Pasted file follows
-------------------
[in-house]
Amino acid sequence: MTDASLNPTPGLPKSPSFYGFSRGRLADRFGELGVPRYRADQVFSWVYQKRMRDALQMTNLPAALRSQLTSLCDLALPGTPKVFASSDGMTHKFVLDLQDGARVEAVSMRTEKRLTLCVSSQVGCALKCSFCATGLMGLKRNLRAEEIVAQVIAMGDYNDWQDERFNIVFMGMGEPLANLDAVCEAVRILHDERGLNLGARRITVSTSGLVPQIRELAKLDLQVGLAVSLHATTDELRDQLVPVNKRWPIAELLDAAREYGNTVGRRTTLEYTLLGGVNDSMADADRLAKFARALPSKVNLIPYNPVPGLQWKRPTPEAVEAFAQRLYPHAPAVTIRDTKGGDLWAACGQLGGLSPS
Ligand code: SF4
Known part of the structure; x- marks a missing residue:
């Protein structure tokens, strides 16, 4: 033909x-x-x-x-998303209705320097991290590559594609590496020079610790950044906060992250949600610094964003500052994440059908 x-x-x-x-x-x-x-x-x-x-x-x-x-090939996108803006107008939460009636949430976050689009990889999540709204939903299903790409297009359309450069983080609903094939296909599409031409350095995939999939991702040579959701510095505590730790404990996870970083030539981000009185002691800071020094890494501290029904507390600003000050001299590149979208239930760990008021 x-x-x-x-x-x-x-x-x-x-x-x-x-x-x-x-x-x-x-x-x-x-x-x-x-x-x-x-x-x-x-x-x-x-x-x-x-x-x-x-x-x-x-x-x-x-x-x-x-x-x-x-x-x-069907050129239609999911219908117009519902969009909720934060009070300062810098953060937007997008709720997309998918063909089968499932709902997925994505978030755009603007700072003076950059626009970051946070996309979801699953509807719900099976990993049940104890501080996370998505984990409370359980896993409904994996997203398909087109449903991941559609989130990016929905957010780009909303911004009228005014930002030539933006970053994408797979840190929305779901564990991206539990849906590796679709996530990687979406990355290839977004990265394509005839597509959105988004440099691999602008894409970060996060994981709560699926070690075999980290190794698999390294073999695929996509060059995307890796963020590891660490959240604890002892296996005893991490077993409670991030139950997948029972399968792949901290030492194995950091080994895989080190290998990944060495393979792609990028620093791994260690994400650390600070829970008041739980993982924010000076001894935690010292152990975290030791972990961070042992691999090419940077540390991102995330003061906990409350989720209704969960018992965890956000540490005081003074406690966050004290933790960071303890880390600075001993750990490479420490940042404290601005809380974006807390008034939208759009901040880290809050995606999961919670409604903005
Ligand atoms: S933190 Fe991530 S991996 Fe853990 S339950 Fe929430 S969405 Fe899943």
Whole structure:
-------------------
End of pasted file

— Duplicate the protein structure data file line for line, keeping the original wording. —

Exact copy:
[in-house]
Amino acid sequence: MTDASLNPTPGLPKSPSFYGFSRGRLADRFGELGVPRYRADQVFSWVYQKRMRDALQMTNLPAALRSQLTSLCDLALPGTPKVFASSDGMTHKFVLDLQDGARVEAVSMRTEKRLTLCVSSQVGCALKCSFCATGLMGLKRNLRAEEIVAQVIAMGDYNDWQDERFNIVFMGMGEPLANLDAVCEAVRILHDERGLNLGARRITVSTSGLVPQIRELAKLDLQVGLAVSLHATTDELRDQLVPVNKRWPIAELLDAAREYGNTVGRRTTLEYTLLGGVNDSMADADRLAKFARALPSKVNLIPYNPVPGLQWKRPTPEAVEAFAQRLYPHAPAVTIRDTKGGDLWAACGQLGGLSPS
Ligand code: SF4
Known part of the structure; x- marks a missing residue:
């Protein structure tokens, strides 16, 4: 033909x-x-x-x-998303209705320097991290590559594609590496020079610790950044906060992250949600610094964003500052994440059908 x-x-x-x-x-x-x-x-x-x-x-x-x-090939996108803006107008939460009636949430976050689009990889999540709204939903299903790409297009359309450069983080609903094939296909599409031409350095995939999939991702040579959701510095505590730790404990996870970083030539981000009185002691800071020094890494501290029904507390600003000050001299590149979208239930760990008021 x-x-x-x-x-x-x-x-x-x-x-x-x-x-x-x-x-x-x-x-x-x-x-x-x-x-x-x-x-x-x-x-x-x-x-x-x-x-x-x-x-x-x-x-x-x-x-x-x-x-x-x-x-x-069907050129239609999911219908117009519902969009909720934060009070300062810098953060937007997008709720997309998918063909089968499932709902997925994505978030755009603007700072003076950059626009970051946070996309979801699953509807719900099976990993049940104890501080996370998505984990409370359980896993409904994996997203398909087109449903991941559609989130990016929905957010780009909303911004009228005014930002030539933006970053994408797979840190929305779901564990991206539990849906590796679709996530990687979406990355290839977004990265394509005839597509959105988004440099691999602008894409970060996060994981709560699926070690075999980290190794698999390294073999695929996509060059995307890796963020590891660490959240604890002892296996005893991490077993409670991030139950997948029972399968792949901290030492194995950091080994895989080190290998990944060495393979792609990028620093791994260690994400650390600070829970008041739980993982924010000076001894935690010292152990975290030791972990961070042992691999090419940077540390991102995330003061906990409350989720209704969960018992965890956000540490005081003074406690966050004290933790960071303890880390600075001993750990490479420490940042404290601005809380974006807390008034939208759009901040880290809050995606999961919670409604903005
Ligand atoms: S933190 Fe991530 S991996 Fe853990 S339950 Fe929430 S969405 Fe899943």
Whole structure: